Tuesday, August 7, 2012


In business I stay committed.

If I promise to send the material in the evening by 7 p.m., I will see to it that the material
reaches the customer by 7 p.m.

But I wonder how far I will be able to stay committed. On a personal level, yes, not a problem.
But from the company point of view, to honour my commitment, I need persons around me who
also stay committed. Alas! Such persons are fast disappearing.

The Finance Director of a leading construction company recently purchased two air-conditioners
for his daughter's new apartment, around 25 Kms away from my business place. He wanted the
units to be delivered in the evening and machines to be installed the next day from 7 a.m. onwards
since there would be no current between 11 a.m. and 4 p.m. in that place.

We agreed to his request and send the machines in the evening. Technician was informed to go in
the morning. But that guy just went on French leave and disappeared! He did not inform us in time
to make alternate arrangements. We could arrange our supervisor to go there, which he did, but
only around 9 a.m. could he go.

Meanwhile, the customer got irritated and threatened us that he will stop payment for the cheque and
that we should take back our machines! I recently read an article which stated that Indians are the most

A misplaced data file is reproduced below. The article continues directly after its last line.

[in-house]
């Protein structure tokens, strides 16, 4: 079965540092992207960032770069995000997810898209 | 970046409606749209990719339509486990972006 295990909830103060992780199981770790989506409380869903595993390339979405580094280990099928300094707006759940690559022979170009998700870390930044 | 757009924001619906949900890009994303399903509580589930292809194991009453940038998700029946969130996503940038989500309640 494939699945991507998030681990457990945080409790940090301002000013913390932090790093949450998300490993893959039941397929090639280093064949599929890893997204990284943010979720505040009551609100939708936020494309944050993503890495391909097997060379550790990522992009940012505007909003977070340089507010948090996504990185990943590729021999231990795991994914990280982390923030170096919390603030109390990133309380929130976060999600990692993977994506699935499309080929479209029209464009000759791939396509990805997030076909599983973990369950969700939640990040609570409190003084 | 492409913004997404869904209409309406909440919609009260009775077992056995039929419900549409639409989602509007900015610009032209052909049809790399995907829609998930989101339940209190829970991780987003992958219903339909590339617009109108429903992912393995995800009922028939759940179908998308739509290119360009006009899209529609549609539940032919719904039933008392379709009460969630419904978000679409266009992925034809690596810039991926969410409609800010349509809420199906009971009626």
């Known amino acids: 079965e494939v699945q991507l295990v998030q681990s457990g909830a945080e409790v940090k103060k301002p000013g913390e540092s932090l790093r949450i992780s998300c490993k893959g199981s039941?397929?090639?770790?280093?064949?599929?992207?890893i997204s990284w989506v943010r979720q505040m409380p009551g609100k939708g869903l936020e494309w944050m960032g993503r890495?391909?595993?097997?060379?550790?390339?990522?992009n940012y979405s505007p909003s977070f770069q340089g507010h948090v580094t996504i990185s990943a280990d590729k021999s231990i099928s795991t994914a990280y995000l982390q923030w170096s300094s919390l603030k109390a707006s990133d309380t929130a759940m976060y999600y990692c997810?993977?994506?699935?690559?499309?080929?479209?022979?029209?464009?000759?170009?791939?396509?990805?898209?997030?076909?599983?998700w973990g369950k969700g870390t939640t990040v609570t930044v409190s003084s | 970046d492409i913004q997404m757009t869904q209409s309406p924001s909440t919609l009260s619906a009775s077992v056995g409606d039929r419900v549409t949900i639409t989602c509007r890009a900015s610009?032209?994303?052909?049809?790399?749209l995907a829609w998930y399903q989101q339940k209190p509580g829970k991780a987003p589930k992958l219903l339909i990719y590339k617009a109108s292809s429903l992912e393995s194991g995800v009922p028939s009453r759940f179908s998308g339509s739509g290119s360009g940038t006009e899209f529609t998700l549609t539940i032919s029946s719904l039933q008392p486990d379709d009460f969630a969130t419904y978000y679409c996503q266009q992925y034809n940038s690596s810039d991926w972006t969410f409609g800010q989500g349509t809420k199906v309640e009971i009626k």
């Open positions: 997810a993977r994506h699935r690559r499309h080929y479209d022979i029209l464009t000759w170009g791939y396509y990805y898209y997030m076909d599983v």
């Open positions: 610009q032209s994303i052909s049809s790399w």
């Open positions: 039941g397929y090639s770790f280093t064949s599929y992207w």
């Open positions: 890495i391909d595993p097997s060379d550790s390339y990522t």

abusive in the world.

The customer being an Indian and in the construction line who I am sure would be well seized of the
labour situation here, could have exercised little more patience.

I am not able to judge as to why he got cheesed off. But then, there was a lapse (small though) from our side. The guy was not there at 7 a.m.

I requested a company to send a person and instal anti-virus software in my computer. He said it will be done in a day or two. The guy was supposed to come on Saturday. He didn't come. Even till Tuesday he
has not appeared. On Tuesday evening when I reminded at about 4.30 p.m. about his appointment with
me at 5 p.m. he said that the person is somewhere in Perungudi and would definitely come. Buy no, he
neither came nor did he have the courtesy to phone me to express his inability. Am I losing my patience?

Well, not yet.

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